Day 653

A note out of Saagar’s memory book from University:

“So, I have a memory I’d like to share. We were in the room above Saagar’s on C Curve and somebody was jumping up and down on the floor.
Jack (big guy, played guitar with Saagar in Lenny and the Mandem) said to them, ”No, no. Don’t jump up and down like that. It makes the floor wobble.” And he jumped up and down a few times himself to demonstrate.

Thirty seconds later Saagar comes storming into the room, HOLDING A LIGHT FITTING, saying, “I think this is pretty f***ing funny. Don’t you?” and nursing a rather nasty bump on the head. We laughed for about 10 minutes. And once we told him what had happened I think he saw the funny side too. You couldn’t make up comic timing like that.

I’ll remember Saagar for his magnificent drumming, (I’ll certainly remember him when I have to get premature hearing aids thanks to how loud he was!) nights spent watching those awful BBC 3 trashy medical shows, recoiling in horror and sympathy at various horrible interventions on men’s gentleman’s areas; and he really liked my multi-coloured shorts.

Truth be told though, I owe Saagar more than those memories(although I’ll always hold on to those). I february this year, I hit a nadir of my own and I reached a point where I seriously considered ending my own life as well. Not that I wanted to. I never wanted to. But when you have mental health problems it’s like civil war erupting inside your head where the other side persuades you that ending your own life is the right thing to do. And it does that by making you believe that things are never going to get better. At the point when, in your mind, suicide becomes a realistic option, you really genuinely believe that.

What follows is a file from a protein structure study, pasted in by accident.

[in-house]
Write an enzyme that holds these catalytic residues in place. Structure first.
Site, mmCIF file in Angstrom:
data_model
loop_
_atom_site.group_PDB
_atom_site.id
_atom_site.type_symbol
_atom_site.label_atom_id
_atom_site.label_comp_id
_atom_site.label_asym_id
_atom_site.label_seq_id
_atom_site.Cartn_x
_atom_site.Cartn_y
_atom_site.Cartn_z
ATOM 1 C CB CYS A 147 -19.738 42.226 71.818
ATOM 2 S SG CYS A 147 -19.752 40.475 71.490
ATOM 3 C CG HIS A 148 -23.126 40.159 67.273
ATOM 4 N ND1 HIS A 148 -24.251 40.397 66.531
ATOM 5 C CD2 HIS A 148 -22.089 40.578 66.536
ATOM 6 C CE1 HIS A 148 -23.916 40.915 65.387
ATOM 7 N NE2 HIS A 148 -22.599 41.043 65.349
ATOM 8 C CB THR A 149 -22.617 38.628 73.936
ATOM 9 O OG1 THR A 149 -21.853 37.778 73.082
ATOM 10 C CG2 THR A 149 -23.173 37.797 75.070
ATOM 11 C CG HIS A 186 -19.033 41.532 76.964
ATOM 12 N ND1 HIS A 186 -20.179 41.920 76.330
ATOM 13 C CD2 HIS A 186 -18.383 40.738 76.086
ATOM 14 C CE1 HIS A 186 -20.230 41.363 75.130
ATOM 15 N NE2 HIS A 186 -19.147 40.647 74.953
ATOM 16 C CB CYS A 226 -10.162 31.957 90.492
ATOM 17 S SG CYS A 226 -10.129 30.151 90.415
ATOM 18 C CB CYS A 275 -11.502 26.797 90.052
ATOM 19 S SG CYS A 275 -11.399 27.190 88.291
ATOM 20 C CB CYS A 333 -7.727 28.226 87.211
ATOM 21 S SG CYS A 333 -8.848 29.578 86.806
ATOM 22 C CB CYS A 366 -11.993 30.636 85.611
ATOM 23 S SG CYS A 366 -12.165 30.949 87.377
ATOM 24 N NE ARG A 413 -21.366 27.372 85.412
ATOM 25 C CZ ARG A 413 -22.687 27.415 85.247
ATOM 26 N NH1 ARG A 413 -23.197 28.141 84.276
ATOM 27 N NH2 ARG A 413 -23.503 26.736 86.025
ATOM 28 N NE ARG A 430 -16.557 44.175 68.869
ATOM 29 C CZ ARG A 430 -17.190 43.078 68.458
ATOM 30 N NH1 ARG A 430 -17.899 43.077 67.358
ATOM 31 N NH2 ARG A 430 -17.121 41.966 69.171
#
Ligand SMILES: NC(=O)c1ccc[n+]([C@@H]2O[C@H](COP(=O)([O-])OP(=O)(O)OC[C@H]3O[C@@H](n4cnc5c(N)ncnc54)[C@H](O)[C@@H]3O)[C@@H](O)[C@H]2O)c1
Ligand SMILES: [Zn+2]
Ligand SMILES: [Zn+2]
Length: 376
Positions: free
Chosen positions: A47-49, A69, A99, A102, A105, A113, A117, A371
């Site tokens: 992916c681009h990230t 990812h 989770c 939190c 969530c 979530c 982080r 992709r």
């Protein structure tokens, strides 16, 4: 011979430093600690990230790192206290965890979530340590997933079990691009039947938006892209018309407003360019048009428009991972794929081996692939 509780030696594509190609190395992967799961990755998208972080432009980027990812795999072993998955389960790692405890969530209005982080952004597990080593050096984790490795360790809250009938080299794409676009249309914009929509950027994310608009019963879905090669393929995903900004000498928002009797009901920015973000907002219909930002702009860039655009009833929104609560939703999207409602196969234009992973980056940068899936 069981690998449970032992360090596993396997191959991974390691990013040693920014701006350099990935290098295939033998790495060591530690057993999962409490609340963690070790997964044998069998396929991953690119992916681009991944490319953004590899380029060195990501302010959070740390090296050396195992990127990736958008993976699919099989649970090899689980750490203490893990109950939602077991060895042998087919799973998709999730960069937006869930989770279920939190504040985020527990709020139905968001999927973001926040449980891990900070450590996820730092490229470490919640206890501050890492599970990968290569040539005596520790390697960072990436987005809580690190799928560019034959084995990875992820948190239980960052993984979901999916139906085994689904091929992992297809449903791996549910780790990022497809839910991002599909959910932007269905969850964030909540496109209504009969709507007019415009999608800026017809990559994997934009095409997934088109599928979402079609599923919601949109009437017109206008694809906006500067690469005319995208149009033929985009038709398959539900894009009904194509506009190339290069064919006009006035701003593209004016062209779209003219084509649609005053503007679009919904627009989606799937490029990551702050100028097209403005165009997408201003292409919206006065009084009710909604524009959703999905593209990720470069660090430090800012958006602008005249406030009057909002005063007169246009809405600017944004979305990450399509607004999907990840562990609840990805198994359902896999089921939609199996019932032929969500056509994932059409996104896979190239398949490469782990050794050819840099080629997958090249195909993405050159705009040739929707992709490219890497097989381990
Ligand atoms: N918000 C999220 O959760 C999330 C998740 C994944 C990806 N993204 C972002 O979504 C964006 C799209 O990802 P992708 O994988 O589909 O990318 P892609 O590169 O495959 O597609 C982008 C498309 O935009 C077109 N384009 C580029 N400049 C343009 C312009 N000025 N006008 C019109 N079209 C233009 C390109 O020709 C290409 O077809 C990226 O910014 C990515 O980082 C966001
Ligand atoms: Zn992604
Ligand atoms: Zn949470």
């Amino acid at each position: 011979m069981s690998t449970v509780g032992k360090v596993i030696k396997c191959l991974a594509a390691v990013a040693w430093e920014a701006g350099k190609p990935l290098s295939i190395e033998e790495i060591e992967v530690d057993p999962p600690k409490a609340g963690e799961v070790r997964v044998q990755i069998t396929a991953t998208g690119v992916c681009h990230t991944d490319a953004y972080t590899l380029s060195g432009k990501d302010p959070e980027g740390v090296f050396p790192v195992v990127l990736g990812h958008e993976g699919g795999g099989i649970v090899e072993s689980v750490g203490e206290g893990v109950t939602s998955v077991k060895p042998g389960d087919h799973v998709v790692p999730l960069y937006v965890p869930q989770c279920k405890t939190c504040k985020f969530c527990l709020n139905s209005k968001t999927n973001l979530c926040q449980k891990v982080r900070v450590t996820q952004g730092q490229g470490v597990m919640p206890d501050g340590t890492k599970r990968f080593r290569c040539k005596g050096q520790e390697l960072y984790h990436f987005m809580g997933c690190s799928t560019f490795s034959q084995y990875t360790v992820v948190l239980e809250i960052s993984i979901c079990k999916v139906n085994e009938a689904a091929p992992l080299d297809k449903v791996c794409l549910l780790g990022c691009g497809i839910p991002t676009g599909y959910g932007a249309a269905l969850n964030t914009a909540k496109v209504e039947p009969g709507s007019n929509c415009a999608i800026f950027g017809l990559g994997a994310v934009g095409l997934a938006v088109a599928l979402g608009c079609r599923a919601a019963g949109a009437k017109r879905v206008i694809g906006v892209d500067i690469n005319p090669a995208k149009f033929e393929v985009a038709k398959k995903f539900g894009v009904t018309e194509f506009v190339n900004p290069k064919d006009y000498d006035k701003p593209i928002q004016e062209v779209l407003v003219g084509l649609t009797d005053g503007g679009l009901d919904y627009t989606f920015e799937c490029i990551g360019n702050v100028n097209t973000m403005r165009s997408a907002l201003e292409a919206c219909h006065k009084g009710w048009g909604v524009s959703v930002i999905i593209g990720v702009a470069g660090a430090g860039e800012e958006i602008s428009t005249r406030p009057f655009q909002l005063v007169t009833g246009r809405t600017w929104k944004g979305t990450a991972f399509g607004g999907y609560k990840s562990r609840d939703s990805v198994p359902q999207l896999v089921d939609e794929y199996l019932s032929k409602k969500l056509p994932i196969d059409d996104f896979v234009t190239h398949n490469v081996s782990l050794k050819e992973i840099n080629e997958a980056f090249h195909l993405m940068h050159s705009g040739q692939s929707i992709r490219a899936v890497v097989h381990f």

The thing that stayed my hand when I reached that point was Saagar. I had seen the fallout from when somebody takes their own life. I knew I mustn’t do that to my family(and a second time for many of my friends). It was that that made me stop and seek help and now I have made a full recovery.

In a way, I owe Saagar my life.

If Saagar hadn’t killed himself, I almost certainly would have done and perhaps it would be my name on the stone and him writing a message in a book to my family.
I want to thank him for my continued existence and apologise more than words can convey to his family that this is the way things happened.”


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